Game Rant’s Riley Little reviews Super Monkey Ball 3D
There aren’t very many games currently available for the Nintendo 3DS, and the few that are available aren’t all that great. That’s why Super Monkey Ball 3D is such a standout for the handheld that anyone will have fun with.
There are certainly a few issues that pop up whilst playing the game that make the experience feel a bit cheap, such as a short story mode and uninteresting mini-games. That being said, Super Monkey Ball 3D is still a decent game that anyone can pickup, play, and have a solid amount of fun with.
The gameplay in Super Monkey Ball 3D offers exactly what players can expect from the series. You pick a monkey that you want thrown into a sphere, and you must then manoeuvre the monkey around several different obstacle courses — all the while collecting bananas. Collecting bananas, not dying or running out of time, and completing levels quickly will increase your overall score at the end of each level, and that score is then placed on a leader board so that friends can then compete amongst each other.
There are two different control options available for use: The Circle Pad or The Gyroscope. The circle pad works quite well and allows the perfect amount of control for players to maintain over their character. The gyroscope controls on the other hand, aren’t nearly as precise as the circle pad and there is one massive problem that comes with tilting the 3DS around — it distorts the 3D. As anyone who has played a 3DS knows, in order for the 3D effect to work , the user must find that “sweet spot” and stay in it to get the full effect of the 3D technology without hurting their brain. Shifting the 3DS to move the character also moves the sweet spot around, which means that the 3D is better turned off while using the gyroscope controls.
The graphics in Super Monkey Ball 3D are very smooth, and the game itself is actually one of the better looking titles on the new handheld. The characters and stages are all rendered beautifully, and there were absolutely no visual hiccups that I experienced during my play through. The 3D effects also work quite well, when not using the gyroscope, adding a nice level of depth to the game that will immerse gamers in the title quite nicely.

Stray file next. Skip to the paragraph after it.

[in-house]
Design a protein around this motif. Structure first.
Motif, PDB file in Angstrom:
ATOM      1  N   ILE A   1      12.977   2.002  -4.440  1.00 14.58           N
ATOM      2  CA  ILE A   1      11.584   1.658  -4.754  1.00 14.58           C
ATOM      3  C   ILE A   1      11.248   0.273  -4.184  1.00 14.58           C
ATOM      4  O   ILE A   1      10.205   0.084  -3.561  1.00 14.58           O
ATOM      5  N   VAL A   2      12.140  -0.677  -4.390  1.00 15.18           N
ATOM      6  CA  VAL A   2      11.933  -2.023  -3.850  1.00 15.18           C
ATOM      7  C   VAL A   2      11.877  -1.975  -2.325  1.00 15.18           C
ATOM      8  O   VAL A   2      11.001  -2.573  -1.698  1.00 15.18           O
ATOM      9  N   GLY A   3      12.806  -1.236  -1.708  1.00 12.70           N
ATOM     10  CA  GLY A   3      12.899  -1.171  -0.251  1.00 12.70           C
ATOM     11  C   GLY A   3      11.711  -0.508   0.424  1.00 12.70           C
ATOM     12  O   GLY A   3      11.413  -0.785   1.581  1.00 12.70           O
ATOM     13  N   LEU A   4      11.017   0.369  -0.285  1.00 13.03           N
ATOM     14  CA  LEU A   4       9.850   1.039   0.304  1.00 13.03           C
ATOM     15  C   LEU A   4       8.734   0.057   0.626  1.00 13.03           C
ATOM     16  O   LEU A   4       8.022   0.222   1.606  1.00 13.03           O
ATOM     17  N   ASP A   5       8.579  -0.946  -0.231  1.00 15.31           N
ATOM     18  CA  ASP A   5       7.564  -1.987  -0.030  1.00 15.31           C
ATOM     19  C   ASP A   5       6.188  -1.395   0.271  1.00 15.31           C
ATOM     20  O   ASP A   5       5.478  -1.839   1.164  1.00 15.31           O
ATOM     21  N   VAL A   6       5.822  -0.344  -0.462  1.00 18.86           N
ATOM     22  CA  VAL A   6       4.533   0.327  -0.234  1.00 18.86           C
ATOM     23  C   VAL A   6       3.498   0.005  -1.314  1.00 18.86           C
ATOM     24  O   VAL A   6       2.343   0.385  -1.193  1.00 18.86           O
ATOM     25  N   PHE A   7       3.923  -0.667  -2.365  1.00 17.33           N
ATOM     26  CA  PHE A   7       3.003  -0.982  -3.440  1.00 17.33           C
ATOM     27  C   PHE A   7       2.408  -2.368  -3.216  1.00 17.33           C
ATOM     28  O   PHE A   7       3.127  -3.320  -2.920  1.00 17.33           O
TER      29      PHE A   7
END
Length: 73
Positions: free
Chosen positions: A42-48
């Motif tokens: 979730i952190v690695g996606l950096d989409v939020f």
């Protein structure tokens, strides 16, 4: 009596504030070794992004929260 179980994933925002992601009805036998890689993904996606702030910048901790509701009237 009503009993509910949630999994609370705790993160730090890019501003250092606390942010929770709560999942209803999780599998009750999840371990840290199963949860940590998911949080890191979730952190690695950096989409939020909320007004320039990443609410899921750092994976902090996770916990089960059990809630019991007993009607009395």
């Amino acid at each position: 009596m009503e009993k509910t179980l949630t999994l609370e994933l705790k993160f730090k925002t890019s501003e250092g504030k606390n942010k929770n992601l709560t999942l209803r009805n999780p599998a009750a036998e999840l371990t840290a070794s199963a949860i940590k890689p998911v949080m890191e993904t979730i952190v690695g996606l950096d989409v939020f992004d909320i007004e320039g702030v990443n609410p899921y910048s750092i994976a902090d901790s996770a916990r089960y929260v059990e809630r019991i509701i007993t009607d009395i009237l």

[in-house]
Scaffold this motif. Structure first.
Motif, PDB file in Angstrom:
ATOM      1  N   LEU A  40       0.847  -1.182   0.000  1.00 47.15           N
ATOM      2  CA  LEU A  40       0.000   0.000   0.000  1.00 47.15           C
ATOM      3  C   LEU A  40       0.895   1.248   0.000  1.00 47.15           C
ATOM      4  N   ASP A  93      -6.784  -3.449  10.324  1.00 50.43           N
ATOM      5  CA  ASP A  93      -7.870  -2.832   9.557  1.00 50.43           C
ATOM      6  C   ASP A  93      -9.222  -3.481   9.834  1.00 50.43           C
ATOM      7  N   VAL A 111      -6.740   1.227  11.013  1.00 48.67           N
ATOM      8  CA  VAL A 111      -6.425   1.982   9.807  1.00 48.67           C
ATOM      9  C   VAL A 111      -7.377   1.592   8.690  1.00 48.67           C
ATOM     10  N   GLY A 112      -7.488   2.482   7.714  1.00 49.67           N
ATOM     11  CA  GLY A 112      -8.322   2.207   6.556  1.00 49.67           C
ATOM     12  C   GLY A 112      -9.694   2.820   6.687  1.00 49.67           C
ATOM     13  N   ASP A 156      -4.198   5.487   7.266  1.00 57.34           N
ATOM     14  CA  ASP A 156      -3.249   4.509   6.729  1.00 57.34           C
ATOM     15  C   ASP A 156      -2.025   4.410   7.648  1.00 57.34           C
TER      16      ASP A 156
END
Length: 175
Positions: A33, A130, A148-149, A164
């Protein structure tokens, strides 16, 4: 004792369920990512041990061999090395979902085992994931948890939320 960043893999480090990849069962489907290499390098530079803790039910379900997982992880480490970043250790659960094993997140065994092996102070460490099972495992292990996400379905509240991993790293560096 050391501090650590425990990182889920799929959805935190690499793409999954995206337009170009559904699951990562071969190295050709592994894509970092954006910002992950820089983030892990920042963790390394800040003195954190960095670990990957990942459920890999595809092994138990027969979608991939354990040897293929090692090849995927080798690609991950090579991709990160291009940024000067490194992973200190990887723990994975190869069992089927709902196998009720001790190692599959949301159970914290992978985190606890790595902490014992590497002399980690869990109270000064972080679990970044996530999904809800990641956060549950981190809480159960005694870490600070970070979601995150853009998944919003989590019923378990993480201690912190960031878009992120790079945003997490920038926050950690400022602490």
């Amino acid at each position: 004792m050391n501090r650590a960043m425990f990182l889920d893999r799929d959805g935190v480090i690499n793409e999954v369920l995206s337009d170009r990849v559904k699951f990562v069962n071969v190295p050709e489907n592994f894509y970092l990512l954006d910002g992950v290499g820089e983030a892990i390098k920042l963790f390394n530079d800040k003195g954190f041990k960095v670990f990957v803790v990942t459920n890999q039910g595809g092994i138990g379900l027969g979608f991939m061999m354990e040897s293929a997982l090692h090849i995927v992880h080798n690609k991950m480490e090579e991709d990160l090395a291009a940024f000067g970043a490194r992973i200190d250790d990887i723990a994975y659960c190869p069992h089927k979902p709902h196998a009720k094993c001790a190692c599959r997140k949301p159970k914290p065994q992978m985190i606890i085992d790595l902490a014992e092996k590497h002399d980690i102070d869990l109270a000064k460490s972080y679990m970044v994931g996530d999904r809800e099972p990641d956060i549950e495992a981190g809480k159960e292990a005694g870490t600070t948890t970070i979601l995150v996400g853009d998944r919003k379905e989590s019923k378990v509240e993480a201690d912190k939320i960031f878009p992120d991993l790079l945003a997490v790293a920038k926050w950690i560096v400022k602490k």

There are eight worlds available in the game’s Monkey Ball mode, and each world contains nine levels and one bonus level. Each world has a different theme and the levels are all well designed, offering up some challenges that have never been seen in the series. There are certainly a decent amount of levels, but they can all be cleared quickly and that’s the main drawback with Super Monkey Ball 3D, bringing into question what games want from investing their $40.
Super Monkey Ball 3D does add a couple of mini-games, but they are really nothing too spectacular. Monkey Race is Sega‘s take on Mario Kart, and it contains a surprising amount of difficulty. Monkeys are thrown into vehicles and collect power-ups to help take out the competition. The tracks don’t change things up much, but winning races will unlock new cars. The second mini-game is Monkey Fight and it’s essentially a dumbed down version of Smash Bros. Collecting bananas, running around, and avoiding/attacking enemies is a pretty accurate description of the ongoings that occur in Monkey Fight. These games aren’t bad, but they really aren’t that much fun either.
At its core, Super Monkey Ball 3D is a fun game that offers up everything that previous versions have, but does so with tight controls, colorful levels and awesome 3D effects. It’s easily amongst the cream of the crop for 3DS games currently available on the market, but it’s not perfect. The game is too short and while there are a few collectables that will draw some back to replay levels, there’s not much reason to do so. The mini-games are decent and are certainly appreciated, but they certainly aren’t anywhere near as fun to play as the main game is.
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